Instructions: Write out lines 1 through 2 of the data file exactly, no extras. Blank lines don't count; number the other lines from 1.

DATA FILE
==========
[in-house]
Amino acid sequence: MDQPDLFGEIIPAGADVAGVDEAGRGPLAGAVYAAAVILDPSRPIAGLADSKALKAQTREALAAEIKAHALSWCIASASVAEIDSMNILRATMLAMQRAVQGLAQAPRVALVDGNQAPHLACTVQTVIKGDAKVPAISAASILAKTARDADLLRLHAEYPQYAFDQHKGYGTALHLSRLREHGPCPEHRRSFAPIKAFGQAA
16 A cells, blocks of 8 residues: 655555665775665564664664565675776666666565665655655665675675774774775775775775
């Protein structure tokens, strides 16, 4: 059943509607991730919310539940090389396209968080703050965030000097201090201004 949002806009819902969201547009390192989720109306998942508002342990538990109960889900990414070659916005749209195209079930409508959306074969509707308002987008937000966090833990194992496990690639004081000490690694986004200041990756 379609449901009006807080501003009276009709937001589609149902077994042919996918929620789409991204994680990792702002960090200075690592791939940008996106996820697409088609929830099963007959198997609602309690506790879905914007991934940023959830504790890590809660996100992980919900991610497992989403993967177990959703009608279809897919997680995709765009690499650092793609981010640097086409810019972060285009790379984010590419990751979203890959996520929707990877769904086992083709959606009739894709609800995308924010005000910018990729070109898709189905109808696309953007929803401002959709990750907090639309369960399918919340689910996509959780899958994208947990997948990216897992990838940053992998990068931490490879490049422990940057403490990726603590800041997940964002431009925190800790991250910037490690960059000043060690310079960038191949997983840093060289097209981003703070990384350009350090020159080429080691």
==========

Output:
[in-house]
Amino acid sequence: MDQPDLFGEIIPAGADVAGVDEAGRGPLAGAVYAAAVILDPSRPIAGLADSKALKAQTREALAAEIKAHALSWCIASASVAEIDSMNILRATMLAMQRAVQGLAQAPRVALVDGNQAPHLACTVQTVIKGDAKVPAISAASILAKTARDADLLRLHAEYPQYAFDQHKGYGTALHLSRLREHGPCPEHRRSFAPIKAFGQAA